3 Watch your diet. Remember, eating the right food helps us feel good about ourselves, because it gives us energy and is a great way to ensure that we are ready for whatever comes our way. It is also important to remember that when we are feeling down, it is very easy to give up, but when we eat healthy food we make sure that we are full, this gives us more energy and will help to boost our self-esteem.
4 Be aware of thoughts and beliefs. Once you’ve identified troubling situations, pay attention to your thoughts about them. This includes what you tell yourself (self-talk) and your interpretation of what the situation means. Your thoughts and beliefs might be positive, negative or neutral. They might be rational, based on reason or facts, or irrational, based on false ideas. Ask yourself if what you tell yourself about your situation is true (i.e. examine your self-talk).
Also, sometimes thinking about the advice we would give to our best friend (if they were in our shoes) is very useful to consider. So often we give others the very advice we ourselves would do well to listen to. Maybe ask yourself, “What would I tell “X” if she was feeling like I do? How would I encourage her? Remember, if you wouldn’t say negative things to your best friend, please don’t say them to yourself.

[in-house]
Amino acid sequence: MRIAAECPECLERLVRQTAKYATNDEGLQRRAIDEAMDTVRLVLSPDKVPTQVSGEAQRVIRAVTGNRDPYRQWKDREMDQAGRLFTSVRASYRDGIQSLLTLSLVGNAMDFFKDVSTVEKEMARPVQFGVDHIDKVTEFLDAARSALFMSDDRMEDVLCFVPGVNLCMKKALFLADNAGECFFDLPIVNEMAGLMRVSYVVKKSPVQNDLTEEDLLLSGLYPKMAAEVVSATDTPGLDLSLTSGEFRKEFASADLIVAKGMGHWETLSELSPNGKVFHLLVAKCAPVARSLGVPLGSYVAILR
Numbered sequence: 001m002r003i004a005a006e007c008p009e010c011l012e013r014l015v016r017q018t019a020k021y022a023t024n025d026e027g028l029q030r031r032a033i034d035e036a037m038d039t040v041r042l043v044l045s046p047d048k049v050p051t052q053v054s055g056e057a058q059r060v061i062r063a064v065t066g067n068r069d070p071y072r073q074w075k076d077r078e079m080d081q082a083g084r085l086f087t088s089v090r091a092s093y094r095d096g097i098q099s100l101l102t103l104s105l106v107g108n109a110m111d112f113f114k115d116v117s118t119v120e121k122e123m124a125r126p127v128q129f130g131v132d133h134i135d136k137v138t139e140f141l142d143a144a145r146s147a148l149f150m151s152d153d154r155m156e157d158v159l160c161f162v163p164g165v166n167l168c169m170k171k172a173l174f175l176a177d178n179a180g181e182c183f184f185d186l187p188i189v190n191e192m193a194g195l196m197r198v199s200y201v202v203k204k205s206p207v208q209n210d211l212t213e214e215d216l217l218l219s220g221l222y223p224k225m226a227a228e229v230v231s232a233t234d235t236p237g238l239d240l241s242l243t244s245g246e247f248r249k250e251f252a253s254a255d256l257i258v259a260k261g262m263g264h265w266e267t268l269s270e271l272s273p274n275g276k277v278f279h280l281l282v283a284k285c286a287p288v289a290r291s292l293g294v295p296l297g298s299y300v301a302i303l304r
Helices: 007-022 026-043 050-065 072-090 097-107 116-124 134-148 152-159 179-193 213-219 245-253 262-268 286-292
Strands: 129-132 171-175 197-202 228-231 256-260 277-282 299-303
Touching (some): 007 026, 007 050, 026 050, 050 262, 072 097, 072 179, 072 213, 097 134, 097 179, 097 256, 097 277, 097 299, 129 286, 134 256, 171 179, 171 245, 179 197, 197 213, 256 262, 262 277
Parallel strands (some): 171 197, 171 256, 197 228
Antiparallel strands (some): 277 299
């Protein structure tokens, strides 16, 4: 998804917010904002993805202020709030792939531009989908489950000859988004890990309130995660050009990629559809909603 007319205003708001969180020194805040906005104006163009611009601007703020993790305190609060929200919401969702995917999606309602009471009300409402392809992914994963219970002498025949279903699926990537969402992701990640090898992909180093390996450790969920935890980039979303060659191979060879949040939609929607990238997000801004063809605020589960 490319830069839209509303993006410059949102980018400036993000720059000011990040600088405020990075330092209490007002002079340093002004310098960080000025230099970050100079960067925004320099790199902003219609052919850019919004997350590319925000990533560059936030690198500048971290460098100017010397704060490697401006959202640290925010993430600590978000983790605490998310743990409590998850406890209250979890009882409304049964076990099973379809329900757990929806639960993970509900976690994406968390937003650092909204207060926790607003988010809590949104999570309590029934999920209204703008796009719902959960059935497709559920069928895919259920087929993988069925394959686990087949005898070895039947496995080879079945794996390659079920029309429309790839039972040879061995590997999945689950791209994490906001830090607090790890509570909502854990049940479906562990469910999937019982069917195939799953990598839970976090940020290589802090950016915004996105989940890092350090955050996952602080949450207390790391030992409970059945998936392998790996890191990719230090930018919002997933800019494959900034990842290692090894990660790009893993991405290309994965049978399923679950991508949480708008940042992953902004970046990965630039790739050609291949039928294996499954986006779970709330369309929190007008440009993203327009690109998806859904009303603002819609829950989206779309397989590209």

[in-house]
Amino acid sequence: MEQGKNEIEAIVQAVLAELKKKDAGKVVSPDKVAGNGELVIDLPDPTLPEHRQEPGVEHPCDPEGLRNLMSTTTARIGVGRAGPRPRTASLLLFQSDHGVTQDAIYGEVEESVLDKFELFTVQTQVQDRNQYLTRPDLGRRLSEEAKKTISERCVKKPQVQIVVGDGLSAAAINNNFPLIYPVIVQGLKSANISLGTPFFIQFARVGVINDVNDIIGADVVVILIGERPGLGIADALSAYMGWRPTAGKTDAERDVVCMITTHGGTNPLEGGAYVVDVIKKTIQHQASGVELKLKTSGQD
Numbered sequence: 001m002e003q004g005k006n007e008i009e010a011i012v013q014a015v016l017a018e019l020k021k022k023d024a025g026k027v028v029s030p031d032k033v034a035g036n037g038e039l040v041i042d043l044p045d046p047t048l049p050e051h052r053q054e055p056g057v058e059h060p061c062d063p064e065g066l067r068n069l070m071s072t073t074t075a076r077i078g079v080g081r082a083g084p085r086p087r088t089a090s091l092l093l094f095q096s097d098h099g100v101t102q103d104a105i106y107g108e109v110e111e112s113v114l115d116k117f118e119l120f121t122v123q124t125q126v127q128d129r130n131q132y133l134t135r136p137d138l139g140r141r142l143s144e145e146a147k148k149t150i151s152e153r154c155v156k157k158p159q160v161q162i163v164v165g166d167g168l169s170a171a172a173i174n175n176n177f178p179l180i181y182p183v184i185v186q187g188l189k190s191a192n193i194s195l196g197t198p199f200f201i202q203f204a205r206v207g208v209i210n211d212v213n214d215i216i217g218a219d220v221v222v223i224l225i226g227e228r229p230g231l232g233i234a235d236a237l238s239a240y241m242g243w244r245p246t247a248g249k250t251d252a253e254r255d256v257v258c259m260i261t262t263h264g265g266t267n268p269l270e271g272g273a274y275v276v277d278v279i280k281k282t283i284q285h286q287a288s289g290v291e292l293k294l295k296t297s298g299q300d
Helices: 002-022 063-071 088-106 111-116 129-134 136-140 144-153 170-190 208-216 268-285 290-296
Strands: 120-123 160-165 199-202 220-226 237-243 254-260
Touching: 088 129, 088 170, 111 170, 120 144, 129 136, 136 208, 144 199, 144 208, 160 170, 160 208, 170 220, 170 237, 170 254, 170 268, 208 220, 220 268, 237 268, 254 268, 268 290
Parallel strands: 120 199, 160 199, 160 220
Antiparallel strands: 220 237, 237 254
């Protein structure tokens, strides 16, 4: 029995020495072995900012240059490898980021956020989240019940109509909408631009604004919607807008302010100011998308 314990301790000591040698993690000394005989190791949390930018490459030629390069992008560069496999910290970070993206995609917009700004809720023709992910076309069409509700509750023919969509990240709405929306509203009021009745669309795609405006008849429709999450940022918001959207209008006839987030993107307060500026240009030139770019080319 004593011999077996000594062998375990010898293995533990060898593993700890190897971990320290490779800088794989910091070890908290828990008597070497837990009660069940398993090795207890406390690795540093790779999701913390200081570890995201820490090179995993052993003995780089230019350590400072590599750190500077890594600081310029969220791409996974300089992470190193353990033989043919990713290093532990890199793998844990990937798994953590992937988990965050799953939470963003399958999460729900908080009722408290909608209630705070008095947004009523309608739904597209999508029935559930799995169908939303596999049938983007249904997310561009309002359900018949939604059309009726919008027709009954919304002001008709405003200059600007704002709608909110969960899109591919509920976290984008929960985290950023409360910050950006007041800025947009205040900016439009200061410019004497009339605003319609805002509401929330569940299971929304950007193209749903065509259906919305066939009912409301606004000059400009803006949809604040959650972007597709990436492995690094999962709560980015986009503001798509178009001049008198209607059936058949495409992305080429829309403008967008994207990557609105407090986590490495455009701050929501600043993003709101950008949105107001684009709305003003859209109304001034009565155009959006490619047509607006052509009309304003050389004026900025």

5 Challenge your negative / or inaccurate thinking. Your initial thoughts might not be the only way to view a situation—so test the accuracy of your thoughts. Ask yourself whether your view is consistent with facts and logic or whether other explanations for the situation might be plausible.
Be aware that it can be hard to recognize inaccuracies in thinking. Long-held thoughts and beliefs can feel normal and factual, even though most are just opinions or perceptions.
Also pay attention to thought patterns that erode self-esteem:
- All-or-nothing thinking. You see things as either all good or all bad, e.g. “If I don’t succeed in this task, I’m a total failure.”
- Mental filtering. You see only negatives and dwell on them, distorting your view of a person or situation, e.g., “I made a mistake on that report and now everyone will realize I’m not up to this job.”